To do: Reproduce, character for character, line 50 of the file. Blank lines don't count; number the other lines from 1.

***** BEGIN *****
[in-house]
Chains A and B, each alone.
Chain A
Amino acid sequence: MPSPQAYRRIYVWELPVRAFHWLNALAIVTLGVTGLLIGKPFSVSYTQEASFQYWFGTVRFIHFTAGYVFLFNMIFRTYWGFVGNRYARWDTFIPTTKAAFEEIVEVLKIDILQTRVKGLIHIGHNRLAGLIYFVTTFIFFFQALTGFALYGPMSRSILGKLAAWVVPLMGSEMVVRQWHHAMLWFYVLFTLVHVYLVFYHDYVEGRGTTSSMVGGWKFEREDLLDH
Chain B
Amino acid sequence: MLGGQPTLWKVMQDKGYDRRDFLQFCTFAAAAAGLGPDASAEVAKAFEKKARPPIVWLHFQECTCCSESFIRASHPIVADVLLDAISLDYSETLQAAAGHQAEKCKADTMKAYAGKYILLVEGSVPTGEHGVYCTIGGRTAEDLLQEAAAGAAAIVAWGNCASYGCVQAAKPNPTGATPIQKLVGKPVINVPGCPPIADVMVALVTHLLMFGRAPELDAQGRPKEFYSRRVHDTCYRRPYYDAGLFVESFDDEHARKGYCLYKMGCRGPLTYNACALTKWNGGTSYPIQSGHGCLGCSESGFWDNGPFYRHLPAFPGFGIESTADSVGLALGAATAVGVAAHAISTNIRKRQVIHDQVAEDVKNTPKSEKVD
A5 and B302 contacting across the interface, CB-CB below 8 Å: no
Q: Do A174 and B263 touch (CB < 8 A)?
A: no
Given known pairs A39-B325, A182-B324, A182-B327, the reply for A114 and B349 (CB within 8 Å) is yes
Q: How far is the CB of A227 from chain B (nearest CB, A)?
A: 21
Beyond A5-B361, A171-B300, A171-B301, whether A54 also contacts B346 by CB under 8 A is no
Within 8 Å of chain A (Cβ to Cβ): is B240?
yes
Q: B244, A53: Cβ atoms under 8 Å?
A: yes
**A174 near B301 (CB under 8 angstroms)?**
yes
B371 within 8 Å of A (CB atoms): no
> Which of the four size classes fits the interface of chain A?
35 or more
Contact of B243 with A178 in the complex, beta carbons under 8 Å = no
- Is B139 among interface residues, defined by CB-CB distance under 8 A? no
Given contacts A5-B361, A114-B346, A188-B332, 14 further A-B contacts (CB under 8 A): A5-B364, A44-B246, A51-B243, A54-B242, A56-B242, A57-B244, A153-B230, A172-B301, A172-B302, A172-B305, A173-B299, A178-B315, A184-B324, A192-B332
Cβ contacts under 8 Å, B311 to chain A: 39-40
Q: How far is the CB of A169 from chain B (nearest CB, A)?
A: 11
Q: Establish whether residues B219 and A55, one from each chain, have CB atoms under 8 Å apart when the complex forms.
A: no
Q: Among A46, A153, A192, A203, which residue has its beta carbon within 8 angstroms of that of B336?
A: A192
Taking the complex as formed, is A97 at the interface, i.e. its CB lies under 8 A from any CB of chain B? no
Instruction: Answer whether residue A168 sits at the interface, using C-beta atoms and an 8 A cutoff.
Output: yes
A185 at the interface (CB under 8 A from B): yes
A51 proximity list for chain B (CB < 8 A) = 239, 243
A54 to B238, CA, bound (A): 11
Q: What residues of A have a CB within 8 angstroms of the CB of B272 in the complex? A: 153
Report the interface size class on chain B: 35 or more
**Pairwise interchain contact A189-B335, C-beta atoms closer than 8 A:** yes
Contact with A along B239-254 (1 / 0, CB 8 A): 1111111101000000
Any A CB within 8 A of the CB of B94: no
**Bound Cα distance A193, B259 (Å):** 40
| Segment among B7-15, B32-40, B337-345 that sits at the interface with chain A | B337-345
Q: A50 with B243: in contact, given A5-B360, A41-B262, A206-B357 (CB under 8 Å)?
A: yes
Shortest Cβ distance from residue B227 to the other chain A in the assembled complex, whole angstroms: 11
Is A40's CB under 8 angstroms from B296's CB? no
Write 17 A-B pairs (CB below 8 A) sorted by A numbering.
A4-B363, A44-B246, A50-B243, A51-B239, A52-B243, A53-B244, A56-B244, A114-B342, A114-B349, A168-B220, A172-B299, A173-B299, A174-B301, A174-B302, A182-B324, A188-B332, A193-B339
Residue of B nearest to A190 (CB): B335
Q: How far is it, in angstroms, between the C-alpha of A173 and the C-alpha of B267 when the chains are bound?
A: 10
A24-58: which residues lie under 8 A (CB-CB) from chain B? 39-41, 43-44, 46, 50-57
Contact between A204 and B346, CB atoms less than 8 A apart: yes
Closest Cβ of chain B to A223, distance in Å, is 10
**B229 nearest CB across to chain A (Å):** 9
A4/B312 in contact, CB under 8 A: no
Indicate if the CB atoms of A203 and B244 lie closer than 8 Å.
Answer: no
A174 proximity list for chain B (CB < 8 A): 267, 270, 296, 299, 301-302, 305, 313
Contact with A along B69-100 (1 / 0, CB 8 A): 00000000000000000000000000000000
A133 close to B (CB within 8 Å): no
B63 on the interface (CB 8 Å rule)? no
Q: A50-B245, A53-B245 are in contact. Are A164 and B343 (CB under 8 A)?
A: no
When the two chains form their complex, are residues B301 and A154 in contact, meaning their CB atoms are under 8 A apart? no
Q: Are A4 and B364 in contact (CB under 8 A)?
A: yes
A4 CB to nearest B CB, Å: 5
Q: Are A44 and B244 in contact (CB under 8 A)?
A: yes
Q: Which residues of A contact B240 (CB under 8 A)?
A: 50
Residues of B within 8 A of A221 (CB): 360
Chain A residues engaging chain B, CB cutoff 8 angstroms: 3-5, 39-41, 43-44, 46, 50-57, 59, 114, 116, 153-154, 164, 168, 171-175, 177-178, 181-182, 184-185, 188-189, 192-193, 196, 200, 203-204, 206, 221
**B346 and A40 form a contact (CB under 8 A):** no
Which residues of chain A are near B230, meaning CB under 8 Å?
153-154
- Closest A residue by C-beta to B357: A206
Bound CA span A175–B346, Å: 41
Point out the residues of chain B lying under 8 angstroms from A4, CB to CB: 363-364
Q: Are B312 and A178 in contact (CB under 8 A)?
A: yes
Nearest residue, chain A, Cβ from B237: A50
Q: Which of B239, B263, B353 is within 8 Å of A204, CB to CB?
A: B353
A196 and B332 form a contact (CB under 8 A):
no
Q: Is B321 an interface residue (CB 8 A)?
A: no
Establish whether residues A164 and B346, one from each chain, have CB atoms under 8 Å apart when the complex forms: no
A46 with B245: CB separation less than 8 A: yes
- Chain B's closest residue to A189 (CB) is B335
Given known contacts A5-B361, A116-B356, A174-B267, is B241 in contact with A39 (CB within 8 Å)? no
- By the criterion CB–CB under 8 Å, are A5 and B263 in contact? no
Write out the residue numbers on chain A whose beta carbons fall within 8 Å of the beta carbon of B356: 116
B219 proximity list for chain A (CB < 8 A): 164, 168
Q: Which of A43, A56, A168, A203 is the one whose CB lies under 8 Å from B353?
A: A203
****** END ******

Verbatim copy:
Write 17 A-B pairs (CB below 8 A) sorted by A numbering.